Just what is Dell's cloud strategy?

By Brandon Butler, Network World |  Cloud Computing, Dell

In that sense, Dell syndicating Nirvanix's public cloud storage is merely filling out the company's product portfolio, he says. Dell wants to be able to serve any type of cloud customer, from the services providers that may leverage Caringo to create their own cloud, to large enterprises looking to try out OpenStack by using Crowbar, a framework Dell created to more easily launch OpenStack-powered clouds . "They've tried everything," Brooks says. "But (they) aren't Amazon, and they don't want to forever be third runner-up to IBM and HP, so they found something they can do well, which is sell you lots of different stuff in a very easy fashion."

So does the Nirvanix deal mean that Dell has given up on plans to create its own Amazon-style cloud? Dell representatives did not reply to a request for comment on the Nirvanix news, but Brooks doubts the company could justify the large investments required to build up the massive data center infrastructure it would take to compete head-to-head with Amazon and other IaaS players.

But Reichman, of Forrester, wonders if there could be a market for Dell to compete on the IaaS layer in the cloud.

"The cloud has to live in a data center somewhere," he says. "If Dell is just going to be an arms dealer reselling services from others, they're missing an opportunity while Amazon will just continue to grow by leaps and bounds." Plus, he adds the current mish-mash platform Dell has put together does not seem ideal for customers. Renting servers from Dell and having your object storage hosted by Nirvanix is not as cohesive as going to Amazon Web Services and having your Elastic Compute Cloud (EC2) linked automatically with Elastic Block Storage (EBS) and Simple Storage Service (S3), which are all hosted in the same data center, he says.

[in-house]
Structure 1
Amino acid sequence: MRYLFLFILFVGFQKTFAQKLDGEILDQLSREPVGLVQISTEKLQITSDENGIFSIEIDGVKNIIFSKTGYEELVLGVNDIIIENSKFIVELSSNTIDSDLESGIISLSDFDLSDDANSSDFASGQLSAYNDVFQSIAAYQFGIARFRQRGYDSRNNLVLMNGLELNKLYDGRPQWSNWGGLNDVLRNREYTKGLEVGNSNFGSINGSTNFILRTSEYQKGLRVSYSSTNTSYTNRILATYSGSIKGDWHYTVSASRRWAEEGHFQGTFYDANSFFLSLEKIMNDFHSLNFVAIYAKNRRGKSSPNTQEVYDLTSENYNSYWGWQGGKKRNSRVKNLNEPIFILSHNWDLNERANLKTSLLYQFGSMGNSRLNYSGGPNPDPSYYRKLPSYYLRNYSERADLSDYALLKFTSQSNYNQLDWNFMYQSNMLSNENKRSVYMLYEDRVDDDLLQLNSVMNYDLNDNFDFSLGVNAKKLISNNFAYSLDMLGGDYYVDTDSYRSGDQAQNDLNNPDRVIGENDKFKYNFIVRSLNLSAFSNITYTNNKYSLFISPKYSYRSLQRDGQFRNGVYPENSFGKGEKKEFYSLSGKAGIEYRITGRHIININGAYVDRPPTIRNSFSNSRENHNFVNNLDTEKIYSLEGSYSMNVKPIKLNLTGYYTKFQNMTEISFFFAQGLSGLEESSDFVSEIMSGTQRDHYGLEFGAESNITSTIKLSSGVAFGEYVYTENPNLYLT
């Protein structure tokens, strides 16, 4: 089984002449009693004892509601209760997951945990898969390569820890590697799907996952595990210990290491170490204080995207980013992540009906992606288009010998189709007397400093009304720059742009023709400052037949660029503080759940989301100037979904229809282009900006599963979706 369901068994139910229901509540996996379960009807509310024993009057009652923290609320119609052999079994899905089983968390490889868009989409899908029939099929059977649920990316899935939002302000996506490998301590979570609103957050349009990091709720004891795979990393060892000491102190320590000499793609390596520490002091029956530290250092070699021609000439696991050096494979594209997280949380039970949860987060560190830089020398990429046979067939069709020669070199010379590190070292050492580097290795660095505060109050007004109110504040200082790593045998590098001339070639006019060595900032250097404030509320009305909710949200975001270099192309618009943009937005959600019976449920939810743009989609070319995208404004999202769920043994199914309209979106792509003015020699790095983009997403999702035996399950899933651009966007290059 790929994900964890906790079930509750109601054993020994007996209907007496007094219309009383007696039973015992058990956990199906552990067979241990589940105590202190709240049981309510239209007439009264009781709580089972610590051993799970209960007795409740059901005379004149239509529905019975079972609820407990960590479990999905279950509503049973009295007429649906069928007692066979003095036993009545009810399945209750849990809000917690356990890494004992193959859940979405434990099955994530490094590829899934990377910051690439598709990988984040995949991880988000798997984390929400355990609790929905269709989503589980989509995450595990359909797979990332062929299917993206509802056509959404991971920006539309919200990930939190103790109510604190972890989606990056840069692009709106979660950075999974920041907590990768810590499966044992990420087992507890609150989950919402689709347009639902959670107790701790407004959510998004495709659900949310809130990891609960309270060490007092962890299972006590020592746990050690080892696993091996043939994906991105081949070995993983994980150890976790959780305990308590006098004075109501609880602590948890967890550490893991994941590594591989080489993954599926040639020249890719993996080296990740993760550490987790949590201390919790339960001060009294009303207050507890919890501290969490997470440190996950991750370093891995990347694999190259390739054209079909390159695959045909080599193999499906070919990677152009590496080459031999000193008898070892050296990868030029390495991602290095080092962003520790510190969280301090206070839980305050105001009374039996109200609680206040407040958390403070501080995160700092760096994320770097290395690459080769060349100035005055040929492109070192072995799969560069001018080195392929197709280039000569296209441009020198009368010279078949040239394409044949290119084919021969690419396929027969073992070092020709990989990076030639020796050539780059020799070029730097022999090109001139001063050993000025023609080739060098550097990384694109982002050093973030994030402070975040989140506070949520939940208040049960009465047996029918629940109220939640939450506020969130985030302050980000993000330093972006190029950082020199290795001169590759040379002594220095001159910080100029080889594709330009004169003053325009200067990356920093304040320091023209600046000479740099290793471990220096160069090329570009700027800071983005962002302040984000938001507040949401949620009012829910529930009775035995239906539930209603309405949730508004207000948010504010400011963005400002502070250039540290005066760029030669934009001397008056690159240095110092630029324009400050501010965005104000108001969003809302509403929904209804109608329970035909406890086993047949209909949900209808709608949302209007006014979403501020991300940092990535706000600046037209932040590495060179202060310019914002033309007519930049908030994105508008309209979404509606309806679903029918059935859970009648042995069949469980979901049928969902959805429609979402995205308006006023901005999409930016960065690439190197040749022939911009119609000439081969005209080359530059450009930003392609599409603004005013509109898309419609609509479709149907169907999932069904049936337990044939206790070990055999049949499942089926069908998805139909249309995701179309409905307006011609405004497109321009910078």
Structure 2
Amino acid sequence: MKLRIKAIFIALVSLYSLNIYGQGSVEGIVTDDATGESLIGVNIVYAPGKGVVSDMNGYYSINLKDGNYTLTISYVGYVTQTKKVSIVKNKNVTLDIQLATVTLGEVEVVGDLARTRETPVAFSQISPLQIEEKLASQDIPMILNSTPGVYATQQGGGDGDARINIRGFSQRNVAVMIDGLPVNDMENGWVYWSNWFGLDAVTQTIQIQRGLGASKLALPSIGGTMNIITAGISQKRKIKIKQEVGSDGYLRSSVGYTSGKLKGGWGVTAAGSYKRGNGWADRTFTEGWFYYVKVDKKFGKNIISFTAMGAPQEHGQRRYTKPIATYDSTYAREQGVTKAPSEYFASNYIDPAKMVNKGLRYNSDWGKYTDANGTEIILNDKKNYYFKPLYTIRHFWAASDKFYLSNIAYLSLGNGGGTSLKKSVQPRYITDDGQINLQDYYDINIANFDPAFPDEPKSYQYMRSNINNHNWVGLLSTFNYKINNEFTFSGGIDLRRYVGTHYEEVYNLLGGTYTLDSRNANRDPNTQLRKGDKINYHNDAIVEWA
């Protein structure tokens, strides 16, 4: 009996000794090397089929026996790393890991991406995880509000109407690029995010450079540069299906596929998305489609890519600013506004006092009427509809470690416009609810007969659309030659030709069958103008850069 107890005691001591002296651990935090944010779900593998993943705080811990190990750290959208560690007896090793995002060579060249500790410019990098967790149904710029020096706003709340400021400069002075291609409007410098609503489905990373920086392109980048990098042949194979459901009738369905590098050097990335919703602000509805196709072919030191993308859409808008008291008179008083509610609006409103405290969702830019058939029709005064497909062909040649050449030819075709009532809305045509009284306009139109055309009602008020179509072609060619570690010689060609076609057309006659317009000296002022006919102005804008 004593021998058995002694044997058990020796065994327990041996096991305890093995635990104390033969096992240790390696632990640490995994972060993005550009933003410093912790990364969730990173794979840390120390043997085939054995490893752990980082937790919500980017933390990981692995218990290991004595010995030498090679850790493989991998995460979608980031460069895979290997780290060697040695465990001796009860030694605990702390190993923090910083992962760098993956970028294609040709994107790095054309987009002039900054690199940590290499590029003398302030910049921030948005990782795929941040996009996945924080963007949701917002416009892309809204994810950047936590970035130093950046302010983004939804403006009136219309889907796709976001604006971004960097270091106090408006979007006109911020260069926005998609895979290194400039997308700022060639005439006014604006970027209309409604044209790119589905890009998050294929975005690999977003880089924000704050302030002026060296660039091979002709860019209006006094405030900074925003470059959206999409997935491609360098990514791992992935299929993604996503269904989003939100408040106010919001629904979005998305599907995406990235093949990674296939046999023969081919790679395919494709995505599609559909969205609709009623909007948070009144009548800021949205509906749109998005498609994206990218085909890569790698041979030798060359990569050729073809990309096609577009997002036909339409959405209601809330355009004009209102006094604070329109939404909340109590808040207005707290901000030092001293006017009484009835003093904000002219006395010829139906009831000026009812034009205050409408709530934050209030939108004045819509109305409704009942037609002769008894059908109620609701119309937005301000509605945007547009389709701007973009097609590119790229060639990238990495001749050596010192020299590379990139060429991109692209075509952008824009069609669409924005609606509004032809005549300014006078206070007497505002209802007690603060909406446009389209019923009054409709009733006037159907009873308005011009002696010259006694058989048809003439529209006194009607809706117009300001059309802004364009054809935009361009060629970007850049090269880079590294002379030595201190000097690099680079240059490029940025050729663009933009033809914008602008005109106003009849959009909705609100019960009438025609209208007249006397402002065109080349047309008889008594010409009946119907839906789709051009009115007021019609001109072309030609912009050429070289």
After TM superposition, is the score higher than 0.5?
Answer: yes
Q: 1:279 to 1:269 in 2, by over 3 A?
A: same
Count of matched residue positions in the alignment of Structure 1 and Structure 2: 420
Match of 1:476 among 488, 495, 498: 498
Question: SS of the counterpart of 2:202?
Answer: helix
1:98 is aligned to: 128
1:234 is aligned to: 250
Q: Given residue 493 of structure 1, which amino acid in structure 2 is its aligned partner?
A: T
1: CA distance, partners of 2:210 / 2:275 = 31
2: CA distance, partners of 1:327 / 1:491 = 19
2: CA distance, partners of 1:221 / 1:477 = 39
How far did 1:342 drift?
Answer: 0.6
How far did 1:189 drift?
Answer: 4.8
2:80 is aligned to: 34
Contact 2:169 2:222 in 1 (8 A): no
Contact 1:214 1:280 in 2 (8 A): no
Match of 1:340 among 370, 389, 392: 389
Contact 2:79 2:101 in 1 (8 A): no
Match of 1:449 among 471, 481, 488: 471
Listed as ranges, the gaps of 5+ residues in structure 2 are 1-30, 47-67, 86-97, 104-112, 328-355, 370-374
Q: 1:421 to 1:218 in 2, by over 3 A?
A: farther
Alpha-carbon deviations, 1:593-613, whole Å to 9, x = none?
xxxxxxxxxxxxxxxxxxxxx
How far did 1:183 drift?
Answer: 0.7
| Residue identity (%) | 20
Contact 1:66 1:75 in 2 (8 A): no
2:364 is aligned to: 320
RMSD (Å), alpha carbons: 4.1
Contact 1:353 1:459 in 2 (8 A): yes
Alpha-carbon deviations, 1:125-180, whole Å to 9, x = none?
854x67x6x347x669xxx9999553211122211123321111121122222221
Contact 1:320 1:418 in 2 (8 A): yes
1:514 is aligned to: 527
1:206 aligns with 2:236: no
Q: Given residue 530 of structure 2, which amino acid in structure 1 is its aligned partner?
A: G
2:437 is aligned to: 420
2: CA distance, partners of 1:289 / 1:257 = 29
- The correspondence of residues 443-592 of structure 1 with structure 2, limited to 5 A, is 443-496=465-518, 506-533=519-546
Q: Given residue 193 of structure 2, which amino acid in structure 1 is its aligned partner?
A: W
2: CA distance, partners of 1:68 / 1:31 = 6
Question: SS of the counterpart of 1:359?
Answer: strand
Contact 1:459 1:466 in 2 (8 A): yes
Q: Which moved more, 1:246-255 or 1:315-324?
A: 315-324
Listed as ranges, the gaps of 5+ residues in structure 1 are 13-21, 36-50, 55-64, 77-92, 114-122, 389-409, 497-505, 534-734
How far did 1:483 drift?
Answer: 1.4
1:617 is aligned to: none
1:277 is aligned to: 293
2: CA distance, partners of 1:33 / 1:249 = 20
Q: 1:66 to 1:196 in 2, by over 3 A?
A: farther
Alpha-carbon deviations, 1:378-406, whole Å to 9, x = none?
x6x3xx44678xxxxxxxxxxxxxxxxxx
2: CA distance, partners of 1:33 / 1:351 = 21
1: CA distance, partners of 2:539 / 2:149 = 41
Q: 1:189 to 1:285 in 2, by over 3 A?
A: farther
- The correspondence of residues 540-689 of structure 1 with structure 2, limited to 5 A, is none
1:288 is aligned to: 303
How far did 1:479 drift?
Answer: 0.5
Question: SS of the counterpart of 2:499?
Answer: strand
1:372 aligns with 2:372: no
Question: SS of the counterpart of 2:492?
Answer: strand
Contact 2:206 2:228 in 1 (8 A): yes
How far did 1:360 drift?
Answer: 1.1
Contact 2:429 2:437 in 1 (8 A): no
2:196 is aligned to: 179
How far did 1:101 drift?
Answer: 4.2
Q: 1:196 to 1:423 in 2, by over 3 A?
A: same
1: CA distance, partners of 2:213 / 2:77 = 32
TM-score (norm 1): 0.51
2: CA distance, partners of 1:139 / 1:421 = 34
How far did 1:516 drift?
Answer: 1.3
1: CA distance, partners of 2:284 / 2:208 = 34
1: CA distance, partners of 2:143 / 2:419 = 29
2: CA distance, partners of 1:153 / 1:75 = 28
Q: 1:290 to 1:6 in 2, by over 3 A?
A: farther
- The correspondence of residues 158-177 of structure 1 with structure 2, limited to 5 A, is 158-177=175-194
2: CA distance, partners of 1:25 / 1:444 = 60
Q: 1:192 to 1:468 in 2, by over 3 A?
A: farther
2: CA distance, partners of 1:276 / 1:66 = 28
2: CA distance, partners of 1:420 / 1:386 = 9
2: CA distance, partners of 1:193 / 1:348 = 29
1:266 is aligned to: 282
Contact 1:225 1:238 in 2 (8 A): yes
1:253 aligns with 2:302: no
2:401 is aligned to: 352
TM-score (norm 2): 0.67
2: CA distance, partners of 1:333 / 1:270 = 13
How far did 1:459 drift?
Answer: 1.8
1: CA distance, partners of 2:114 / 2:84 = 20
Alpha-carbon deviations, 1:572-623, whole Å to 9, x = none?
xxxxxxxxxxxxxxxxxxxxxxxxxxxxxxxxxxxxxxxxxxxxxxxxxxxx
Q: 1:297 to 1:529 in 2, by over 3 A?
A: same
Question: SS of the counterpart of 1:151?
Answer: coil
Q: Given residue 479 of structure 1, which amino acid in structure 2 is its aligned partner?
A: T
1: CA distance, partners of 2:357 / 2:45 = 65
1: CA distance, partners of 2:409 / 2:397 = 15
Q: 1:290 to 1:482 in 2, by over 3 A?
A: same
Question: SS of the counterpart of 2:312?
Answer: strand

Some have expected bigger moves from Dell based on its string of acquisitions during the past few years. Two years ago Dell bought Boomi, a software company that helps ease cloud migrations, while this year alone the company bought Wyse, SonicWall and Quest, the latter of which for $2.4 billion. Meanwhile, some of the company's other moves in the cloud have been postponed or abandoned. Last year, for example, the company said it would offer an online analytics service, but that has been delayed until early next year, a company spokesperson told the IDG News Service this summer. The company announced plans for a platform as a service (PaaS), but the spokesperson said there is no longer an expected delivery date for that offering now.


Originally published on Network World |  Click here to read the original story.
Join us:
Facebook

Twitter

Pinterest

Tumblr

LinkedIn

Google+

Cloud ComputingWhite Papers & Webcasts

See more White Papers | Webcasts

Answers - Powered by ITworld

Join us:
Facebook

Twitter

Pinterest

Tumblr

LinkedIn

Google+

Ask a Question
randomness